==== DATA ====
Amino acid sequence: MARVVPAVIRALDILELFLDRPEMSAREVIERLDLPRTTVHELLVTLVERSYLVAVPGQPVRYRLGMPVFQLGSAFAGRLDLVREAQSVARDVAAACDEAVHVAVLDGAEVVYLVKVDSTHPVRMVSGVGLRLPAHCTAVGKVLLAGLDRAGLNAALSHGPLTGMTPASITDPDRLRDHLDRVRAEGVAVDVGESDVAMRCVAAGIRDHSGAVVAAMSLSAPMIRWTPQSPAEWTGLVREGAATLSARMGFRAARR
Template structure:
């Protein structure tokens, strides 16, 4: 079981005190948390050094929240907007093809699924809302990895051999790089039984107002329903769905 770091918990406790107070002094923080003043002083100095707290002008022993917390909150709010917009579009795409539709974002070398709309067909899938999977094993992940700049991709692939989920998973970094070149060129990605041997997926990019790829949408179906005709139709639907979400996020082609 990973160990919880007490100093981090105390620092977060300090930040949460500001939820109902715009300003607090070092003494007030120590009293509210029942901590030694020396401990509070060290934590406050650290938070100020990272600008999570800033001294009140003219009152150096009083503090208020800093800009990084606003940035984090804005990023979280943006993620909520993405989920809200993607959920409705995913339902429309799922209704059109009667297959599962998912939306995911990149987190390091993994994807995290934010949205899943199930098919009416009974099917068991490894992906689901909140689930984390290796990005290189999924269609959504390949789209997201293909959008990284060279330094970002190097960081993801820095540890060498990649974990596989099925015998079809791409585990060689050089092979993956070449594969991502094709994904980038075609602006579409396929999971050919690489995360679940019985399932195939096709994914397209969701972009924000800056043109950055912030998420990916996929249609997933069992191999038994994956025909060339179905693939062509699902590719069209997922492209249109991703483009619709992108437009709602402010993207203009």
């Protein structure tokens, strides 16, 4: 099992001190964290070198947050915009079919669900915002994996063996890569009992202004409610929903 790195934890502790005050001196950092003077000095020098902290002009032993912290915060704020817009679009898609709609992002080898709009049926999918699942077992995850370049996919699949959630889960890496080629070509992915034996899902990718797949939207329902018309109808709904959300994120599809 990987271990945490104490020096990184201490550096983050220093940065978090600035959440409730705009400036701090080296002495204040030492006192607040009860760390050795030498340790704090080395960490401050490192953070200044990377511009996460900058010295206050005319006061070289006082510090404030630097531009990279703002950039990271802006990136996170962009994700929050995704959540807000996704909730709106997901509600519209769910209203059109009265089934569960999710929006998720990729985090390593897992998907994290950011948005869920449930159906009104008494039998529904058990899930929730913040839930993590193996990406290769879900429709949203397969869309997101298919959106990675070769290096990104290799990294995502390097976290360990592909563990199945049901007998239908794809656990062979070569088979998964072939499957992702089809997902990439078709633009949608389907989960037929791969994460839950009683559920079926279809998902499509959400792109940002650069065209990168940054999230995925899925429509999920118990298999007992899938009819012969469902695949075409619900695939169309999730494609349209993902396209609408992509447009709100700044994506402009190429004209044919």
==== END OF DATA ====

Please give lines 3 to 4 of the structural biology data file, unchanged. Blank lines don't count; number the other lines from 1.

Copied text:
């Protein structure tokens, strides 16, 4: 079981005190948390050094929240907007093809699924809302990895051999790089039984107002329903769905 770091918990406790107070002094923080003043002083100095707290002008022993917390909150709010917009579009795409539709974002070398709309067909899938999977094993992940700049991709692939989920998973970094070149060129990605041997997926990019790829949408179906005709139709639907979400996020082609 990973160990919880007490100093981090105390620092977060300090930040949460500001939820109902715009300003607090070092003494007030120590009293509210029942901590030694020396401990509070060290934590406050650290938070100020990272600008999570800033001294009140003219009152150096009083503090208020800093800009990084606003940035984090804005990023979280943006993620909520993405989920809200993607959920409705995913339902429309799922209704059109009667297959599962998912939306995911990149987190390091993994994807995290934010949205899943199930098919009416009974099917068991490894992906689901909140689930984390290796990005290189999924269609959504390949789209997201293909959008990284060279330094970002190097960081993801820095540890060498990649974990596989099925015998079809791409585990060689050089092979993956070449594969991502094709994904980038075609602006579409396929999971050919690489995360679940019985399932195939096709994914397209969701972009924000800056043109950055912030998420990916996929249609997933069992191999038994994956025909060339179905693939062509699902590719069209997922492209249109991703483009619709992108437009709602402010993207203009």
């Protein structure tokens, strides 16, 4: 099992001190964290070198947050915009079919669900915002994996063996890569009992202004409610929903 790195934890502790005050001196950092003077000095020098902290002009032993912290915060704020817009679009898609709609992002080898709009049926999918699942077992995850370049996919699949959630889960890496080629070509992915034996899902990718797949939207329902018309109808709904959300994120599809 990987271990945490104490020096990184201490550096983050220093940065978090600035959440409730705009400036701090080296002495204040030492006192607040009860760390050795030498340790704090080395960490401050490192953070200044990377511009996460900058010295206050005319006061070289006082510090404030630097531009990279703002950039990271802006990136996170962009994700929050995704959540807000996704909730709106997901509600519209769910209203059109009265089934569960999710929006998720990729985090390593897992998907994290950011948005869920449930159906009104008494039998529904058990899930929730913040839930993590193996990406290769879900429709949203397969869309997101298919959106990675070769290096990104290799990294995502390097976290360990592909563990199945049901007998239908794809656990062979070569088979998964072939499957992702089809997902990439078709633009949608389907989960037929791969994460839950009683559920079926279809998902499509959400792109940002650069065209990168940054999230995925899925429509999920118990298999007992899938009819012969469902695949075409619900695939169309999730494609349209993902396209609408992509447009709100700044994506402009190429004209044919």